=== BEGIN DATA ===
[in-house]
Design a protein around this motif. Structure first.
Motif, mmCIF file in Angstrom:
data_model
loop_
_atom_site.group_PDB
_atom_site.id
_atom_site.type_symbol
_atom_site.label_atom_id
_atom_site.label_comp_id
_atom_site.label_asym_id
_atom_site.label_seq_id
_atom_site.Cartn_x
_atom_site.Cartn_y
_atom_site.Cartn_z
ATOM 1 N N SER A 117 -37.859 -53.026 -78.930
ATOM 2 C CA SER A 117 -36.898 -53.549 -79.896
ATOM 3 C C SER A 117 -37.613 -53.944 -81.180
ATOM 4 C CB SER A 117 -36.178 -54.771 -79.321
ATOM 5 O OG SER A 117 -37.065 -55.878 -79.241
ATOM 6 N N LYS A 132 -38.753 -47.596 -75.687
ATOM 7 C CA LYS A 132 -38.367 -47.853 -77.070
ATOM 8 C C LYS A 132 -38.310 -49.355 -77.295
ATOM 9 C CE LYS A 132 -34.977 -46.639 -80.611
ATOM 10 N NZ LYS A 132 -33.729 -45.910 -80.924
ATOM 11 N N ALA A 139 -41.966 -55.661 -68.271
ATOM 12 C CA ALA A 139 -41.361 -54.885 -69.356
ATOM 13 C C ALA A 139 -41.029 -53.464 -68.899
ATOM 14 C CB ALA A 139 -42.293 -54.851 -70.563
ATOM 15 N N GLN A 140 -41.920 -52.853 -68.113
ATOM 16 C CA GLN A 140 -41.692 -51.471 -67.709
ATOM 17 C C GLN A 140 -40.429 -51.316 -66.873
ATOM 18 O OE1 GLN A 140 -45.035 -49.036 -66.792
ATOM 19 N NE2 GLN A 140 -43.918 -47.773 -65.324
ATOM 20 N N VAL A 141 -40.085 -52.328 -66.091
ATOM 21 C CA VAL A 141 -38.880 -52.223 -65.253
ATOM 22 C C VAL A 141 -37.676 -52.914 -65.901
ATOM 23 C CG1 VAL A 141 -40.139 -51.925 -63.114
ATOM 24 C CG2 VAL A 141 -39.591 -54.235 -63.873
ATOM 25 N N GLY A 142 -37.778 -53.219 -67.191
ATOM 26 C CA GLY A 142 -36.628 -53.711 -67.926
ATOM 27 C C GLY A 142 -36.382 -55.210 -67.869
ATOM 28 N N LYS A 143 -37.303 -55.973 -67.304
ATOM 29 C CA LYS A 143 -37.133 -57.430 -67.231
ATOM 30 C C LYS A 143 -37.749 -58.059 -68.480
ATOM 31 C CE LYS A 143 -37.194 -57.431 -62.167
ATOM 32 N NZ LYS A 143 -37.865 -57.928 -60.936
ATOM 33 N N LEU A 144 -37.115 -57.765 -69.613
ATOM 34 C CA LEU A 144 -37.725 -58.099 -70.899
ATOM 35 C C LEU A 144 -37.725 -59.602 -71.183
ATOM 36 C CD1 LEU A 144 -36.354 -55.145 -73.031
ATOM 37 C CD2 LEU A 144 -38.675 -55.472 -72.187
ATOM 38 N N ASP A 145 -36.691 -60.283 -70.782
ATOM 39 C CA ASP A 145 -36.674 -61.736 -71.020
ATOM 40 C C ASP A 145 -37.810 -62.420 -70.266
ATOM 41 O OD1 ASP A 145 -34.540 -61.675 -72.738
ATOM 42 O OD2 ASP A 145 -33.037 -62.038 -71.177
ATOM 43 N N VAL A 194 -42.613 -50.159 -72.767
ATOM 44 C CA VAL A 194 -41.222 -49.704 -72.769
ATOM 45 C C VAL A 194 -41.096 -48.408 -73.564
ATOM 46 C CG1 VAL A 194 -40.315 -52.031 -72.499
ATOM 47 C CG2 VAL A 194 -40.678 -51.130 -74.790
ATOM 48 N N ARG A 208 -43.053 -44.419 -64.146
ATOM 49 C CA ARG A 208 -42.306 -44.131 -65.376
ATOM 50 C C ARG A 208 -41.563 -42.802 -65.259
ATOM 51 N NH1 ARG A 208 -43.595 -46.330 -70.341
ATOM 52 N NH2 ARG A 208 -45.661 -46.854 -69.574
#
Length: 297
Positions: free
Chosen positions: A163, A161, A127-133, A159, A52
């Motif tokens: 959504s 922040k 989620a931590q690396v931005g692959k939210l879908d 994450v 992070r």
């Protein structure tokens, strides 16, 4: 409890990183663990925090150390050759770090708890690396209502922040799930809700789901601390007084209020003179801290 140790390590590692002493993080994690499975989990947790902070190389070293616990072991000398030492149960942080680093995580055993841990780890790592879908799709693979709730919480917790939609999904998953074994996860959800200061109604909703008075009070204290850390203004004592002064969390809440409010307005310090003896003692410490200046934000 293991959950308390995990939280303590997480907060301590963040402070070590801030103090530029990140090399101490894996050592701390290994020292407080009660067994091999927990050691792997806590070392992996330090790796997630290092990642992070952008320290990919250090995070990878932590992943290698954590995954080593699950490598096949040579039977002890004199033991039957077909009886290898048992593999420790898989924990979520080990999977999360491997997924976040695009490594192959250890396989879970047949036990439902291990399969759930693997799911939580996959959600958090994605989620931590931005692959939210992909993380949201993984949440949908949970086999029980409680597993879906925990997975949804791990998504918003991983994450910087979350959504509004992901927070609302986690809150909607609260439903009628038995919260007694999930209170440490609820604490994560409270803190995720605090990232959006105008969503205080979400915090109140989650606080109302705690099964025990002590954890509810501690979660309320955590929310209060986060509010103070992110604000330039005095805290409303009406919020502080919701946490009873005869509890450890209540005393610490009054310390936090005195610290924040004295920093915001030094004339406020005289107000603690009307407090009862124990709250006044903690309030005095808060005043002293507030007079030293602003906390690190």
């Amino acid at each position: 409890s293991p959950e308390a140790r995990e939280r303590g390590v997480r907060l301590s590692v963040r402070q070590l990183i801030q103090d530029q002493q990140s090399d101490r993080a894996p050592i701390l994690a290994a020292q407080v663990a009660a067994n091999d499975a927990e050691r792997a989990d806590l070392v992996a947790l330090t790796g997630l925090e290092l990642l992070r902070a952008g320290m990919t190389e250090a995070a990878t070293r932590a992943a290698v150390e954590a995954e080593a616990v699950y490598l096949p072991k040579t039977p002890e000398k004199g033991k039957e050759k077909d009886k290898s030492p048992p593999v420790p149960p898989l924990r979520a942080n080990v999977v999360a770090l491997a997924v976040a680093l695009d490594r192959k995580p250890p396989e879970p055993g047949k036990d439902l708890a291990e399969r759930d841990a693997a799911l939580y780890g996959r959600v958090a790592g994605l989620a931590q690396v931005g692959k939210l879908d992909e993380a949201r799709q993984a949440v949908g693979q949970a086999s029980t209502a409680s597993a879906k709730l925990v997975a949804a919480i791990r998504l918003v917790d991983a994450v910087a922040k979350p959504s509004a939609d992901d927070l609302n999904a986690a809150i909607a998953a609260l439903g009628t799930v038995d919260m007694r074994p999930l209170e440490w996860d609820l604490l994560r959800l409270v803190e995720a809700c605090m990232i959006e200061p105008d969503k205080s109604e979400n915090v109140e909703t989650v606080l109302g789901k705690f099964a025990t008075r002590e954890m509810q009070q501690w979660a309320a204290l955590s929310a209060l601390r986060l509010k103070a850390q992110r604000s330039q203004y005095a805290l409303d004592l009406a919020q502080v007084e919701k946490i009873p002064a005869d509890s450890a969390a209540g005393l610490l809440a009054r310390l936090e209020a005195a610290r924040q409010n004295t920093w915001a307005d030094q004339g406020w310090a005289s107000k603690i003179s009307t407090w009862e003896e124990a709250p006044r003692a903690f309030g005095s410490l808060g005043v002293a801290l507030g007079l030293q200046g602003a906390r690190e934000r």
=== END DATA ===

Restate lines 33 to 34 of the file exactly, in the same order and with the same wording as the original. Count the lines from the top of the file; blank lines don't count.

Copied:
ATOM 18 O OE1 GLN A 140 -45.035 -49.036 -66.792
ATOM 19 N NE2 GLN A 140 -43.918 -47.773 -65.324